“The Harrow and the Harvest”: Silver Dagger
More commented on in reviews than the links between “Hard Times” and Stephen Foster’s songs is the connection between Welch’s “Silver Dagger” and the 60s folk standard of the same name, popularized by Joan Baez. The traditional song tells the story of a girl warning her lover to leave her, as her mother, who sleeps beside her with a silver dagger, distrusts men or the thought of her daughter marrying.
Welch’s is narrated by a young woman who, it would appear, is trying to escape from those who know her—not from fright, but from a joy at having disappeared, at being unknown. (“I can’t remember when I felt so free,” she sings.) Lyrically, the songs are only connected through their titles and Welch’s closing stanza:
Seems every castle is made of sandThe great destroyer sleeps in every manHere comes my baby, here comes my manWith that silver dagger in his hand
This image, in fact, seems almost drawn from the song “Katy Dear,” (an alternative, but related, set of lyrics to the same melody), in which
He picked up a silver daggerHe pierced it through his wounded breastFarewell Katy, farewell darlingI’ll die for the one I love the best.
That the traditional melody had two competing, but related, sets of lyrics is due to its origin as a traditional folk ballad, preceding the Songbook. It may be more important to note that Welch looked toward a song from the folk movement of the 1960s that had its direct origins, like her own music, in an older tradition (as opposed to tying a song to one of the newer songs, those of which Leonard Cohen once commented, “I don’t know what it is, but it isn’t folk music.” He included himself in that statement.)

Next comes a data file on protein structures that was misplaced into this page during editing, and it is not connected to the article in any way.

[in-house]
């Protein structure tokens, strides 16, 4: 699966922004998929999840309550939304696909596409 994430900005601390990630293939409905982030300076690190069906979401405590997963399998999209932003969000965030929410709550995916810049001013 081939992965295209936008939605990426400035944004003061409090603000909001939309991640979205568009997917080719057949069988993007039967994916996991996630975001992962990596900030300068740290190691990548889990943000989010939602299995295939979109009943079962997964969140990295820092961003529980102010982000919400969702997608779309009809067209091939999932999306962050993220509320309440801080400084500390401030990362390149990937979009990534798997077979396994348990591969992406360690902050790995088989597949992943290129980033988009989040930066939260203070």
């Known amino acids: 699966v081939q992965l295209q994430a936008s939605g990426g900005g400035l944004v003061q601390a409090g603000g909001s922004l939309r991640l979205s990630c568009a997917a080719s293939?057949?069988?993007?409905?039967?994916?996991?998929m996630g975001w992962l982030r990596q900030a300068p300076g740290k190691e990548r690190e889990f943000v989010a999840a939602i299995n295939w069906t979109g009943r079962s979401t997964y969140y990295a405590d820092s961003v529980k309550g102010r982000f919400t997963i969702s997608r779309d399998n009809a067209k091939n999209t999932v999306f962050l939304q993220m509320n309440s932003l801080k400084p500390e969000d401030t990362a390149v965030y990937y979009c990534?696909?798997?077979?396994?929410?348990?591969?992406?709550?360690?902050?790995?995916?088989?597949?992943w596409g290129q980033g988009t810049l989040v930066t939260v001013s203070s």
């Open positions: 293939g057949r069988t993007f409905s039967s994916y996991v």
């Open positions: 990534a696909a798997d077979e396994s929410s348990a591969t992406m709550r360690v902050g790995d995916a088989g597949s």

I saw Gillian Welch and David Rawlings perform last week; watching them sing this song allowed me to make a few observations I wouldn’t have from simply listening to it. For the first portion of the song, Rawlings stood some five feet back from his microphone, out of the spotlight (the only song on which this happened), while Welch stood with a guitar and harmonica in the “traditional” 60s folk posture. Her style of play changed from her usual strumming/single-string picking to the four-finger picking rhythm that was, again, common in the 60s folk style; particularly, from what I understand, in the New York scene. (It’s what Baez typically used; Bob Dylan’s use of this method is why “Don’t Think Twice, It’s All Right” sounds so different from his other early work—he’s finger-picking, not strumming.)